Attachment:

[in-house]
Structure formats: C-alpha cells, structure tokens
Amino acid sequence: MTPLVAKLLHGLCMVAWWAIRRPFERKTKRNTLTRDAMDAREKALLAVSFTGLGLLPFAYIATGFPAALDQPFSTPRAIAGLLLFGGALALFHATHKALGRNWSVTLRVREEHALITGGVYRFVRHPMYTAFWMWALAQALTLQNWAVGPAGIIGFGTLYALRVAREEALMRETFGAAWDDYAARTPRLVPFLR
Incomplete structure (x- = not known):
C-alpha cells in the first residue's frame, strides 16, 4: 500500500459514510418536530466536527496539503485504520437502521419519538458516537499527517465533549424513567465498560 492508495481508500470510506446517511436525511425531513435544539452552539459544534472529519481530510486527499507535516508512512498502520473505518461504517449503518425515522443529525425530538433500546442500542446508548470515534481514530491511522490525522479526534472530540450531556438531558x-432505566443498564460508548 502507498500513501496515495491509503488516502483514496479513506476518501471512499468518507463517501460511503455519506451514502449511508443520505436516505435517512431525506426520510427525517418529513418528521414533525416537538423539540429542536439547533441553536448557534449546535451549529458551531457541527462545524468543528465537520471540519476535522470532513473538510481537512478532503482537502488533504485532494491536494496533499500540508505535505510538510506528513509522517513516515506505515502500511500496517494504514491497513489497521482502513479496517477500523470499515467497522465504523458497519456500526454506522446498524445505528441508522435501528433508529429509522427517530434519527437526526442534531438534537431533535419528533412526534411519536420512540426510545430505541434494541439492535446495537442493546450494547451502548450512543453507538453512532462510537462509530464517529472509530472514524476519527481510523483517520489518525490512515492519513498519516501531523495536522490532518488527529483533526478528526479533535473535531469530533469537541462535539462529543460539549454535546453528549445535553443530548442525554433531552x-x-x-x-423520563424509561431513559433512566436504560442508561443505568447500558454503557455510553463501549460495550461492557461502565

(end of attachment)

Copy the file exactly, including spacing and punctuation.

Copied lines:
[in-house]
Structure formats: C-alpha cells, structure tokens
Amino acid sequence: MTPLVAKLLHGLCMVAWWAIRRPFERKTKRNTLTRDAMDAREKALLAVSFTGLGLLPFAYIATGFPAALDQPFSTPRAIAGLLLFGGALALFHATHKALGRNWSVTLRVREEHALITGGVYRFVRHPMYTAFWMWALAQALTLQNWAVGPAGIIGFGTLYALRVAREEALMRETFGAAWDDYAARTPRLVPFLR
Incomplete structure (x- = not known):
C-alpha cells in the first residue's frame, strides 16, 4: 500500500459514510418536530466536527496539503485504520437502521419519538458516537499527517465533549424513567465498560 492508495481508500470510506446517511436525511425531513435544539452552539459544534472529519481530510486527499507535516508512512498502520473505518461504517449503518425515522443529525425530538433500546442500542446508548470515534481514530491511522490525522479526534472530540450531556438531558x-432505566443498564460508548 502507498500513501496515495491509503488516502483514496479513506476518501471512499468518507463517501460511503455519506451514502449511508443520505436516505435517512431525506426520510427525517418529513418528521414533525416537538423539540429542536439547533441553536448557534449546535451549529458551531457541527462545524468543528465537520471540519476535522470532513473538510481537512478532503482537502488533504485532494491536494496533499500540508505535505510538510506528513509522517513516515506505515502500511500496517494504514491497513489497521482502513479496517477500523470499515467497522465504523458497519456500526454506522446498524445505528441508522435501528433508529429509522427517530434519527437526526442534531438534537431533535419528533412526534411519536420512540426510545430505541434494541439492535446495537442493546450494547451502548450512543453507538453512532462510537462509530464517529472509530472514524476519527481510523483517520489518525490512515492519513498519516501531523495536522490532518488527529483533526478528526479533535473535531469530533469537541462535539462529543460539549454535546453528549445535553443530548442525554433531552x-x-x-x-423520563424509561431513559433512566436504560442508561443505568447500558454503557455510553463501549460495550461492557461502565